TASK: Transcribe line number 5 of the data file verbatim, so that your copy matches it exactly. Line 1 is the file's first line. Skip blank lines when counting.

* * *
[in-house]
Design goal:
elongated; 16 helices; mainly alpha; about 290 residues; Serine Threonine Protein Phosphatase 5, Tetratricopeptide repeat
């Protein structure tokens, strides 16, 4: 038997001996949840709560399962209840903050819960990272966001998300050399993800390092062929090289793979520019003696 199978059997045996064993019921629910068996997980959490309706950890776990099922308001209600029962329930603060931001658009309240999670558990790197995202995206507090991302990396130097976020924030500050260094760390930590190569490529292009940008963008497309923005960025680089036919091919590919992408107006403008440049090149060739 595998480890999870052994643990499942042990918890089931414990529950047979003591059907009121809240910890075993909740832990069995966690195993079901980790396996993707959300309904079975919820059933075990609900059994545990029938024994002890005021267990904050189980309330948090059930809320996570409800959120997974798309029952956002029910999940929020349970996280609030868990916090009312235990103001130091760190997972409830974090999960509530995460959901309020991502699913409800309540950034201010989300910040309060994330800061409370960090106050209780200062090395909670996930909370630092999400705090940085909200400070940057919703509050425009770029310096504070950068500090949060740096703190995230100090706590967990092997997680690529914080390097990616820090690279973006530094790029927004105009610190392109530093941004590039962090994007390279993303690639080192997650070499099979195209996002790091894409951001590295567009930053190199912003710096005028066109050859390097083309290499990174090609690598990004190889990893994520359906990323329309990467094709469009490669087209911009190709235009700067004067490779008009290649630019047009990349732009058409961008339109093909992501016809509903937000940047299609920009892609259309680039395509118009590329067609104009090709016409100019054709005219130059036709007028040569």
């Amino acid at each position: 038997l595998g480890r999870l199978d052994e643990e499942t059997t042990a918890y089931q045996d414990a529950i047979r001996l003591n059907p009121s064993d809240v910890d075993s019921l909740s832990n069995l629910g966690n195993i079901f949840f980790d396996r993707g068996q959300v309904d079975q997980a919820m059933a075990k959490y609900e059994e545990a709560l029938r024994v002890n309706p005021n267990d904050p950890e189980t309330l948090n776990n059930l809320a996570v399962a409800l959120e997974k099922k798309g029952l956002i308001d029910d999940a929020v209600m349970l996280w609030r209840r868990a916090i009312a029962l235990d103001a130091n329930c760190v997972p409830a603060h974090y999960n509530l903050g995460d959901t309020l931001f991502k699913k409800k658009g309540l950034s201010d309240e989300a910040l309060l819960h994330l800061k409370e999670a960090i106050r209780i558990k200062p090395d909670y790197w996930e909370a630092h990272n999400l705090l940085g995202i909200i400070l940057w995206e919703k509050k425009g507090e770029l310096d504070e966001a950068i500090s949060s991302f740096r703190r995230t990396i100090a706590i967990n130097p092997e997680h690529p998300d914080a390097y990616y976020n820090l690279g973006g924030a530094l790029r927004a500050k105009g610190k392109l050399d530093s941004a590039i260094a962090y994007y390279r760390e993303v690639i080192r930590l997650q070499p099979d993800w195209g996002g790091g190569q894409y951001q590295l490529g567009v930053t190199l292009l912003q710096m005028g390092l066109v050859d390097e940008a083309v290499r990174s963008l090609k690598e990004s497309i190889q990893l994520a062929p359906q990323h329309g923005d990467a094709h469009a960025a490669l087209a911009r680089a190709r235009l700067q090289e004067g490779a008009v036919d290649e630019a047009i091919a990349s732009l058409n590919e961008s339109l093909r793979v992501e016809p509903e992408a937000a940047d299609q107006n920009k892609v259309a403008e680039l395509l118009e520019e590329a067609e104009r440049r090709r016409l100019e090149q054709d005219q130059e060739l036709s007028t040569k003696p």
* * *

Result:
């Amino acid at each position: 038997l595998g480890r999870l199978d052994e643990e499942t059997t042990a918890y089931q045996d414990a529950i047979r001996l003591n059907p009121s064993d809240v910890d075993s019921l909740s832990n069995l629910g966690n195993i079901f949840f980790d396996r993707g068996q959300v309904d079975q997980a919820m059933a075990k959490y609900e059994e545990a709560l029938r024994v002890n309706p005021n267990d904050p950890e189980t309330l948090n776990n059930l809320a996570v399962a409800l959120e997974k099922k798309g029952l956002i308001d029910d999940a929020v209600m349970l996280w609030r209840r868990a916090i009312a029962l235990d103001a130091n329930c760190v997972p409830a603060h974090y999960n509530l903050g995460d959901t309020l931001f991502k699913k409800k658009g309540l950034s201010d309240e989300a910040l309060l819960h994330l800061k409370e999670a960090i106050r209780i558990k200062p090395d909670y790197w996930e909370a630092h990272n999400l705090l940085g995202i909200i400070l940057w995206e919703k509050k425009g507090e770029l310096d504070e966001a950068i500090s949060s991302f740096r703190r995230t990396i100090a706590i967990n130097p092997e997680h690529p998300d914080a390097y990616y976020n820090l690279g973006g924030a530094l790029r927004a500050k105009g610190k392109l050399d530093s941004a590039i260094a962090y994007y390279r760390e993303v690639i080192r930590l997650q070499p099979d993800w195209g996002g790091g190569q894409y951001q590295l490529g567009v930053t190199l292009l912003q710096m005028g390092l066109v050859d390097e940008a083309v290499r990174s963008l090609k690598e990004s497309i190889q990893l994520a062929p359906q990323h329309g923005d990467a094709h469009a960025a490669l087209a911009r680089a190709r235009l700067q090289e004067g490779a008009v036919d290649e630019a047009i091919a990349s732009l058409n590919e961008s339109l093909r793979v992501e016809p509903e992408a937000a940047d299609q107006n920009k892609v259309a403008e680039l395509l118009e520019e590329a067609e104009r440049r090709r016409l100019e090149q054709d005219q130059e060739l036709s007028t040569k003696p």